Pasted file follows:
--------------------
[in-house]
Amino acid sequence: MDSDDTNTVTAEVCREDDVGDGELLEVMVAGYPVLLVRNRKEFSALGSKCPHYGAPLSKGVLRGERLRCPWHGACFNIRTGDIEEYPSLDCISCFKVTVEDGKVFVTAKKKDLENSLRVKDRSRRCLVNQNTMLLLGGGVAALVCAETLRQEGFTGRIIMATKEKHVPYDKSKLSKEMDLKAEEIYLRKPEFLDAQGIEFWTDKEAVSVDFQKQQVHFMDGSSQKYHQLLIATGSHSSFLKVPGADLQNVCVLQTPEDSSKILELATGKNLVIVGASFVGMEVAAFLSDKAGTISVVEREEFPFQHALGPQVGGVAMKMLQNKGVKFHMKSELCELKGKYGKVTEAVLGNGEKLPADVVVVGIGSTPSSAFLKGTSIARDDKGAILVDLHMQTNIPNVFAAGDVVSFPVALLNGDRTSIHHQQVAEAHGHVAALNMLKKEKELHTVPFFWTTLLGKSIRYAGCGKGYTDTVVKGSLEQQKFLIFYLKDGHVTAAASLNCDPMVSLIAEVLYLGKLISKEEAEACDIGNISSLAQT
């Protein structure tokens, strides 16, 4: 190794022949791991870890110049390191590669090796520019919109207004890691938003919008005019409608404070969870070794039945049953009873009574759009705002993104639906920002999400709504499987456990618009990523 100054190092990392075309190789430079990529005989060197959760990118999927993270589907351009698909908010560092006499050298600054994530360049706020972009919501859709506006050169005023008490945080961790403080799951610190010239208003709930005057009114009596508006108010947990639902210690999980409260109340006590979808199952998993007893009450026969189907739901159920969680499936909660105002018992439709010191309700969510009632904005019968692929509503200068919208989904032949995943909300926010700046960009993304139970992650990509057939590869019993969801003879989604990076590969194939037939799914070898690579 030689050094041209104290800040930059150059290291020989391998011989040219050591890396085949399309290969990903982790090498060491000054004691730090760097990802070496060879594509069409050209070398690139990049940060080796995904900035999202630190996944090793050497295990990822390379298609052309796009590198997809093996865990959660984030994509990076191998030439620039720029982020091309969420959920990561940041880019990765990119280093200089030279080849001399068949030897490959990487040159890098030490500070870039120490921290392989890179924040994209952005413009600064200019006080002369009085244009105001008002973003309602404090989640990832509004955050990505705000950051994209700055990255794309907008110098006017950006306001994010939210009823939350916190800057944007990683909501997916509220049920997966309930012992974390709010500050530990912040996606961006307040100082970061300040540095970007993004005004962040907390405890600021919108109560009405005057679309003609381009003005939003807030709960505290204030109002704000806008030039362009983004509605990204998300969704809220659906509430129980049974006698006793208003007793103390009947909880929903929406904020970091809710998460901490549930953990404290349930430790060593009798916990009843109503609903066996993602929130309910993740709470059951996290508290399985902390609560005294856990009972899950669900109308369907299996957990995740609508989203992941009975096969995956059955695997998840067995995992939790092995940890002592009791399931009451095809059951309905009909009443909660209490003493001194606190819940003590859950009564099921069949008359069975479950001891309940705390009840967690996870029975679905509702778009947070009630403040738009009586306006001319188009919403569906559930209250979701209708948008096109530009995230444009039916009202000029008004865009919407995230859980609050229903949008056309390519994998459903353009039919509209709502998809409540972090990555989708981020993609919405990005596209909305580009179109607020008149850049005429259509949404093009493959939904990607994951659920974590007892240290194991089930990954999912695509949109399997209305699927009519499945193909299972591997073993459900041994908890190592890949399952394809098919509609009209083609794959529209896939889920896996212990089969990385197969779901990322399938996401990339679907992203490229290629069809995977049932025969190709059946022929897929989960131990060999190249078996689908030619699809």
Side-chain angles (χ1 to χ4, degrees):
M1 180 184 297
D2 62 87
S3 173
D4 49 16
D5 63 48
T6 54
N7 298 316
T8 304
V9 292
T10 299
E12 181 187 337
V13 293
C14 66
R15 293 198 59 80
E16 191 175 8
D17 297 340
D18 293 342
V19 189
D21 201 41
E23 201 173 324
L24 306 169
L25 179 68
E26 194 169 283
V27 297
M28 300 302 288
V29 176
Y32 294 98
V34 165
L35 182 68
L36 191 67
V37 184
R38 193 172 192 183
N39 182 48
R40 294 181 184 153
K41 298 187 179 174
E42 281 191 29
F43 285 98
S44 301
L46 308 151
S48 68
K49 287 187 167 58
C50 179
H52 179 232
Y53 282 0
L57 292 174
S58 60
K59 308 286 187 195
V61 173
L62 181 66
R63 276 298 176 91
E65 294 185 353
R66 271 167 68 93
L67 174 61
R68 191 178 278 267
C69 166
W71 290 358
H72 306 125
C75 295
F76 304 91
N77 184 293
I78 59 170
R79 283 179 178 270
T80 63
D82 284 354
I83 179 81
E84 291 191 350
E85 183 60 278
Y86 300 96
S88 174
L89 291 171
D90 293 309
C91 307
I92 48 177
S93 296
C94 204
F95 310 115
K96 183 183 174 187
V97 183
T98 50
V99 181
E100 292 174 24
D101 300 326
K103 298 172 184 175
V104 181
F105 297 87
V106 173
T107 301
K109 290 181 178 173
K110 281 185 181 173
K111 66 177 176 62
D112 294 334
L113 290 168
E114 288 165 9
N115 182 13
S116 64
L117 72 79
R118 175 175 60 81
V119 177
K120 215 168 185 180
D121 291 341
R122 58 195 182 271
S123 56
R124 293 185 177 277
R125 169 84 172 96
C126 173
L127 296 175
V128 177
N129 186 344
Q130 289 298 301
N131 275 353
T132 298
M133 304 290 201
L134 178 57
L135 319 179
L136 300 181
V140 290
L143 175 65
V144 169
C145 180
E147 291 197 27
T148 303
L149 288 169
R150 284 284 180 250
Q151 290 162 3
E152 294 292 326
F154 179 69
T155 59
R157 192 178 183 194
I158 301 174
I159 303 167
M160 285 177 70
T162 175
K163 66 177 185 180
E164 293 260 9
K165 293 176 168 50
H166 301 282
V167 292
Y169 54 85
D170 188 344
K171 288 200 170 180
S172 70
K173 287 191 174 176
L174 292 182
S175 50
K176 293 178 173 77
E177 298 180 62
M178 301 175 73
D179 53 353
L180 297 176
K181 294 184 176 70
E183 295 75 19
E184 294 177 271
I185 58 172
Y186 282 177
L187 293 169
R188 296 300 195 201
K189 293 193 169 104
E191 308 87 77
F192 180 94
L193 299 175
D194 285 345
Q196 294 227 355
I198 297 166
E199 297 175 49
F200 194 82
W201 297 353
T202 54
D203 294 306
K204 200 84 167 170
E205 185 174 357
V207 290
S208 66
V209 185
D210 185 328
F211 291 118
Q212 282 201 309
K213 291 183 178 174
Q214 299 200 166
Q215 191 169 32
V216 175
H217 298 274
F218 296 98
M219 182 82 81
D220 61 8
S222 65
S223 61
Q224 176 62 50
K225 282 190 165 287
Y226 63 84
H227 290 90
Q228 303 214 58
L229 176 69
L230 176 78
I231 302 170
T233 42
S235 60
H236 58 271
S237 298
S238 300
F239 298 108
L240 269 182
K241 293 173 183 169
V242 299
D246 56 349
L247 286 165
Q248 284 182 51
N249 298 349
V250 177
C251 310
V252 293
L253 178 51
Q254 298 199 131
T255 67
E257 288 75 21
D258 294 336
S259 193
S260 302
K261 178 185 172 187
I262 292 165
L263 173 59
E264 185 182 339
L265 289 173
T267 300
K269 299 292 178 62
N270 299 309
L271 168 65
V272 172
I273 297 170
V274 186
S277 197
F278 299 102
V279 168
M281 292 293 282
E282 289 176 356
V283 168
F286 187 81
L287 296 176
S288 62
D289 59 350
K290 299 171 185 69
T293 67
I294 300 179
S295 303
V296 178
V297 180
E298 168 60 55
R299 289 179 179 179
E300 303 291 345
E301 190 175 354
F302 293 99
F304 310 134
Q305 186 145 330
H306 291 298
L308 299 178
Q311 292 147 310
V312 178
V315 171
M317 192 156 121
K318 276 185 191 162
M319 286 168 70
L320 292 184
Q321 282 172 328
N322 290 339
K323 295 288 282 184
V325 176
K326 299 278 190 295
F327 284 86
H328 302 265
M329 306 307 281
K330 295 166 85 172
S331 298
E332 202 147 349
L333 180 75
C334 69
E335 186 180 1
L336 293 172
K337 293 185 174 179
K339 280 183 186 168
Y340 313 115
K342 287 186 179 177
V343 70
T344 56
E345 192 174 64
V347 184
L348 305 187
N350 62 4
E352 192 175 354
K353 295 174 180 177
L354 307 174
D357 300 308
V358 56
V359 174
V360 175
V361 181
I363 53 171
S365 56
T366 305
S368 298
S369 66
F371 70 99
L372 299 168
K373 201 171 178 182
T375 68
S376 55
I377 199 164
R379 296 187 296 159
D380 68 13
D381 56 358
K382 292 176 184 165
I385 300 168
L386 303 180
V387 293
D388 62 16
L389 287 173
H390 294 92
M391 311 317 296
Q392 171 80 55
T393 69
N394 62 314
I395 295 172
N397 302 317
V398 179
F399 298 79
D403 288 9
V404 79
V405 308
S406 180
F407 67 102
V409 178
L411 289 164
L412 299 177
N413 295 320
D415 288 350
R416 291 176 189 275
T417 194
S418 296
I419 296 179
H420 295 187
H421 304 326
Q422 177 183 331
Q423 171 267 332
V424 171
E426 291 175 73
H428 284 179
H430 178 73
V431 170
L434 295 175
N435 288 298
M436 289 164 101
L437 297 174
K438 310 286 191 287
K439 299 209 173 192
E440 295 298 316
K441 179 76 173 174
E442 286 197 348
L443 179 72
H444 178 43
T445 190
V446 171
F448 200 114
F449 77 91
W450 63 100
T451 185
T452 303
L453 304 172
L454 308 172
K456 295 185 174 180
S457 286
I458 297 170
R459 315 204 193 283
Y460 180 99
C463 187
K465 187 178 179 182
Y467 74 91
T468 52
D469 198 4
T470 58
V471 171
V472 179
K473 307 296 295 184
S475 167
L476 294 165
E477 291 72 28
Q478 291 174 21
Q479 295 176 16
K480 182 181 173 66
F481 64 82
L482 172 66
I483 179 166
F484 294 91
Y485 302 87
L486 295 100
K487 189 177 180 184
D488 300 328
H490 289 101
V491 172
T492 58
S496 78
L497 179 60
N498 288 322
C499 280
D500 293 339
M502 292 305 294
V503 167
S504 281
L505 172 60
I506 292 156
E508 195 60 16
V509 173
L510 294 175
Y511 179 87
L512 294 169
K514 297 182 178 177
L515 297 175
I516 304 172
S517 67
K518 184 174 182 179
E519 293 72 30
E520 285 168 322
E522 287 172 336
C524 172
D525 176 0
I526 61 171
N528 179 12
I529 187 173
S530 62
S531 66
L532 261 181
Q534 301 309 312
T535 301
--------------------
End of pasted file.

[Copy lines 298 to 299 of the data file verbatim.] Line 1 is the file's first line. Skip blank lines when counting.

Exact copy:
V361 181
I363 53 171